Getty Images

Derek Jeter’s number retired

31 Comments

Today was Derek Jeter Day at Yankee Stadium. In his honor they played 2 today. OK, they played 2 because of a Saturday rainout, but it wouldn’t shock me if someone, somewhere argued that it was Mother Nature’s way of showing RE2PECT for the Captain.

The main event, of course, was the pregame ceremony before the nightcap. That’s when the Yankees retired Jeter’s number 2. Here’s video of the unveiling:

Jeter gave a speech as well. Among his comments: “. . . time flies, memories fade, but family is forever. And I’ll be eternally grateful to be part of the Yankee family.” He thanked Yankees fans, “for pushing me, for challenging me, for making me accountable, but more important, for embracing me from day one.” He added, “I got a chance to play for a first class organization and in front of the greatest fans in the history of sports.”

Watch his speech here:

Jeter’s career, quite obviously, needs no detailed summary. You know the legend. The World Series rings for each finger of his hand. The iconic moments. The 3,400+ hits. The fact that he never once played on a team that was sub-.500.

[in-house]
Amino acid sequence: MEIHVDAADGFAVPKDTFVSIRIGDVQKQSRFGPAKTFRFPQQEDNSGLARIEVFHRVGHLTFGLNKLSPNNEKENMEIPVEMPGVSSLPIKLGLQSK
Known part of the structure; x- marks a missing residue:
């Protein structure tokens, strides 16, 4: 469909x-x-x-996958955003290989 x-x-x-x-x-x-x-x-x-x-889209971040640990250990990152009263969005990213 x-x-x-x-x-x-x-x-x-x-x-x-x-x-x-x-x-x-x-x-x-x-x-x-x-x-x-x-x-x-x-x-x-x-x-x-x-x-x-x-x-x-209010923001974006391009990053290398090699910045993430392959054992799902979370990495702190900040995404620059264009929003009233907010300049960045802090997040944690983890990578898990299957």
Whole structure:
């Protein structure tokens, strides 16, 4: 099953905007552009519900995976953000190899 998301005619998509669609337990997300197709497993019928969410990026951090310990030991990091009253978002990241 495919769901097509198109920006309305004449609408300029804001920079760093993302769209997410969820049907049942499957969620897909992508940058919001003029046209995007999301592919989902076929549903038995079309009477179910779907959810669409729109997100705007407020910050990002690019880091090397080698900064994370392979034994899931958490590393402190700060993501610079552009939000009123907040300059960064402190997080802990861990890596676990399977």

You also know the way he has been and likely always will be discussed by fans. Adored uniformly by Yankees fans. Respected by fans of his opponents, even as he broke their back on a regular basis. Universally acknowledged as an all-time great.

Yet, for various reasons, people have always felt it important to call him “overrated.” That probably says more of our times and the nature of sports discussion these days than anything else, even if there is a core of truth to it. Jeter was among the best to ever play the game. Jeter was, by some, overrated. Those two things are not in conflict, actually. But even if it is technically true that he has been overrated by some, it seems sort of beside the point.

For twenty years, Derek Jeter was baseball. There were better players. There were players who were more important to you or your friends or fans of teams that were not the Yankees. But he was, unofficially, The Face of Baseball from almost the moment he burst onto the scene until the day he retired. Because of the difficulty Major League Baseball has had in promoting its younger stars in this far more fragmented age, he may still be the Face of Baseball, actually. Maybe the last one baseball will ever truly have. Whether or not that matters is an open question, but it wouldn’t necessarily shock me if Derek Jeter is the last baseball player who attains his level of fame and celebrity for a long, long time.